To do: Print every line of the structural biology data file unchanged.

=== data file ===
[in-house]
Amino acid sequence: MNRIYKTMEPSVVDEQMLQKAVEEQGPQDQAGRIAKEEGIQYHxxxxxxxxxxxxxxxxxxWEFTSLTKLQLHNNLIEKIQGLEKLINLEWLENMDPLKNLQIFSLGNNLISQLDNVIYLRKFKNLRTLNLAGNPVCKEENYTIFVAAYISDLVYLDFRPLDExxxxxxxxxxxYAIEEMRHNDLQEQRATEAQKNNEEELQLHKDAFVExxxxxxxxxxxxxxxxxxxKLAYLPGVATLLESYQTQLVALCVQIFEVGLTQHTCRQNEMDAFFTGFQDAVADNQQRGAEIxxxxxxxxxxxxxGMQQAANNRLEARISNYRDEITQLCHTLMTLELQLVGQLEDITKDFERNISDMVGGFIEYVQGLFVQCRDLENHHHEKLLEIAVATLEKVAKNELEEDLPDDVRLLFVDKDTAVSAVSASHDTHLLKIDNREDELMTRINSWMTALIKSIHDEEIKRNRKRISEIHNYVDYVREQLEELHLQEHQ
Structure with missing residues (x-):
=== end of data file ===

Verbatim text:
[in-house]
Amino acid sequence: MNRIYKTMEPSVVDEQMLQKAVEEQGPQDQAGRIAKEEGIQYHxxxxxxxxxxxxxxxxxxWEFTSLTKLQLHNNLIEKIQGLEKLINLEWLENMDPLKNLQIFSLGNNLISQLDNVIYLRKFKNLRTLNLAGNPVCKEENYTIFVAAYISDLVYLDFRPLDExxxxxxxxxxxYAIEEMRHNDLQEQRATEAQKNNEEELQLHKDAFVExxxxxxxxxxxxxxxxxxxKLAYLPGVATLLESYQTQLVALCVQIFEVGLTQHTCRQNEMDAFFTGFQDAVADNQQRGAEIxxxxxxxxxxxxxGMQQAANNRLEARISNYRDEITQLCHTLMTLELQLVGQLEDITKDFERNISDMVGGFIEYVQGLFVQCRDLENHHHEKLLEIAVATLEKVAKNELEEDLPDDVRLLFVDKDTAVSAVSASHDTHLLKIDNREDELMTRINSWMTALIKSIHDEEIKRNRKRISEIHNYVDYVREQLEELHLQEHQ
Structure with missing residues (x-):